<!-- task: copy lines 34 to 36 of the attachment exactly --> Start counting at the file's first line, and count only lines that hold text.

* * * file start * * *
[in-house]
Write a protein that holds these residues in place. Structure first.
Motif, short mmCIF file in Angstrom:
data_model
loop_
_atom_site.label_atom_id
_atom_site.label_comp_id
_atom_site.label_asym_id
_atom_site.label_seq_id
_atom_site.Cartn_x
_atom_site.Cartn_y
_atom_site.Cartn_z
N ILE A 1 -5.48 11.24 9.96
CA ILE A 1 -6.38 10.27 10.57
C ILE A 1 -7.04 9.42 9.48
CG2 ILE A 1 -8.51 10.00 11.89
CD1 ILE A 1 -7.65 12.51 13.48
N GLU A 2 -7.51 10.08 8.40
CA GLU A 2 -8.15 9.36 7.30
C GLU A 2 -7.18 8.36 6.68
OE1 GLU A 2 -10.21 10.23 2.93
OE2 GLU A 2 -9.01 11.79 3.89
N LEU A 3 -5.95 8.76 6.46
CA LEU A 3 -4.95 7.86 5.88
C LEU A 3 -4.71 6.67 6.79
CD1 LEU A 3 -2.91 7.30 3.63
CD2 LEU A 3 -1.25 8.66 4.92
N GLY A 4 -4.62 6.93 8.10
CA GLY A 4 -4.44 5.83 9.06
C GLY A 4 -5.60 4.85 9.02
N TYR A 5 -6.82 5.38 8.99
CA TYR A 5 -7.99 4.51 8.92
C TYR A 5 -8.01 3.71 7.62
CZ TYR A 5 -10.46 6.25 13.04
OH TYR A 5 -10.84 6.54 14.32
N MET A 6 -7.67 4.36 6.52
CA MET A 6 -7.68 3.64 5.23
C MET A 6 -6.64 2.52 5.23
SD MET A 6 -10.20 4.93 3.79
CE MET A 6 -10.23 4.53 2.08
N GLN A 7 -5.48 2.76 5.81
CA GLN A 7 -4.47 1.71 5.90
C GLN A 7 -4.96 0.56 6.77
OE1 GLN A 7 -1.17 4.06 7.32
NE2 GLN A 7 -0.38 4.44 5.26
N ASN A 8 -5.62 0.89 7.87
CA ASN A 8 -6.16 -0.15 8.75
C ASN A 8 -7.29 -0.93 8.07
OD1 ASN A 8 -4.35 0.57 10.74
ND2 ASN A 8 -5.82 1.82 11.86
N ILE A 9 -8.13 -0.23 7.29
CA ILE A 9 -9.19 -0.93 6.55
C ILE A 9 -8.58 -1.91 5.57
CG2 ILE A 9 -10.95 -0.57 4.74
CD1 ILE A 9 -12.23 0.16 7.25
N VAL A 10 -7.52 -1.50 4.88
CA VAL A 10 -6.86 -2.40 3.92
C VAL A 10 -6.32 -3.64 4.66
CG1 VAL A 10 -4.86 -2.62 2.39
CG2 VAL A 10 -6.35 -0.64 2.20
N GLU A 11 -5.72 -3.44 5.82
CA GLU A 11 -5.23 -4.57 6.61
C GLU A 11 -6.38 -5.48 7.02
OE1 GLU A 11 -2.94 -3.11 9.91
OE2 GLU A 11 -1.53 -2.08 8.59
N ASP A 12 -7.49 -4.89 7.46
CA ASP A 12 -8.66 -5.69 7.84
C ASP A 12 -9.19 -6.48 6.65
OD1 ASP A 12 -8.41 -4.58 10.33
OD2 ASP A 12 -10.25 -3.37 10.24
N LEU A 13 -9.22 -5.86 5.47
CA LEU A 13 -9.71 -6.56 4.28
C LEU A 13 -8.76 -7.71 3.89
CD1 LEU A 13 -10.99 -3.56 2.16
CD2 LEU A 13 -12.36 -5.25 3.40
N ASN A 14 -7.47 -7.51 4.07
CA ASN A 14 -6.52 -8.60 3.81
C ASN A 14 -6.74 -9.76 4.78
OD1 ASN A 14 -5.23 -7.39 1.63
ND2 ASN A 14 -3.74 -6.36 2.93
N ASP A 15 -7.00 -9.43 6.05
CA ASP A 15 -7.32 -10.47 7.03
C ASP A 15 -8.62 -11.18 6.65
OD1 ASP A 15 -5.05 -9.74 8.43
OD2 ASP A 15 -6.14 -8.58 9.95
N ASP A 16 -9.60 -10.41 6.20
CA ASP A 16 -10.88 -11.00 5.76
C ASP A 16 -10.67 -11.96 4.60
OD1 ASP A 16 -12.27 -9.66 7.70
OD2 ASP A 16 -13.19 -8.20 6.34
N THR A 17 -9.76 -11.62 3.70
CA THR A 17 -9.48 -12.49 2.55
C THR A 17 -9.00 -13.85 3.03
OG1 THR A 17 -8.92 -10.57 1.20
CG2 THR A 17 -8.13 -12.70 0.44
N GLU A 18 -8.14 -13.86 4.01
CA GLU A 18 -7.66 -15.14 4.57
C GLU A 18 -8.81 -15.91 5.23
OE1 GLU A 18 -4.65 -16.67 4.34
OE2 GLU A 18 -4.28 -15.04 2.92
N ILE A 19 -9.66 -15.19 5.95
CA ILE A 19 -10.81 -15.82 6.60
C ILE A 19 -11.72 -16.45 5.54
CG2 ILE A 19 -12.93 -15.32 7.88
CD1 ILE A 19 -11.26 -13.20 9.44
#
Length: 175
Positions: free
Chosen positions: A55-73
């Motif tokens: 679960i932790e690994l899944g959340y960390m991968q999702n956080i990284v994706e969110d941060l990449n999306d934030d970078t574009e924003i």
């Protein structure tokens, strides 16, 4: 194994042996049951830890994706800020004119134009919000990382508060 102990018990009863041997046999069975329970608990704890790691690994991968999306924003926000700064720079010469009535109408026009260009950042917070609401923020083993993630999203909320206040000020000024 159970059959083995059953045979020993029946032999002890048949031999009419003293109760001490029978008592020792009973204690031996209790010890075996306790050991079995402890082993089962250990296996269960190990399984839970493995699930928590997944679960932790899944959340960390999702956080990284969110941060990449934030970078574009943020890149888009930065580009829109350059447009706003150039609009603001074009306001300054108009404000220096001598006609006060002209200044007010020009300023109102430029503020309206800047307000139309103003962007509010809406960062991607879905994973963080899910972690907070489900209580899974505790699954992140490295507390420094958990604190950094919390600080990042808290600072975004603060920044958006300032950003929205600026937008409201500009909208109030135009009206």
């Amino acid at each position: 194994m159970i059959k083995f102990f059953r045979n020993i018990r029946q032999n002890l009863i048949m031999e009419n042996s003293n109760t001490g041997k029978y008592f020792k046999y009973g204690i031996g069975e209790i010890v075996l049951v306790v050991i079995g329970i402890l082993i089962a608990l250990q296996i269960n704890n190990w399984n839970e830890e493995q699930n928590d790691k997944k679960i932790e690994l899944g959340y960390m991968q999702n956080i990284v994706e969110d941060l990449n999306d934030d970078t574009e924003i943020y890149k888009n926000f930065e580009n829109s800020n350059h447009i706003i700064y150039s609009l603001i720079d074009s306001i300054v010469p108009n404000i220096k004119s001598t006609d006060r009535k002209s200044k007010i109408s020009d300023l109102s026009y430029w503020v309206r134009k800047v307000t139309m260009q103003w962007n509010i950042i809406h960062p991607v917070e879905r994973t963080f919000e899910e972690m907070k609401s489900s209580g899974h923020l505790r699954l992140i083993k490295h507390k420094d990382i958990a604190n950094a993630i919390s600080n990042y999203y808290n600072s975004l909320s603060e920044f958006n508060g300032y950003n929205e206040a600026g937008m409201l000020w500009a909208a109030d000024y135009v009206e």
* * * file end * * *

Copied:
CZ TYR A 5 -10.46 6.25 13.04
OH TYR A 5 -10.84 6.54 14.32
N MET A 6 -7.67 4.36 6.52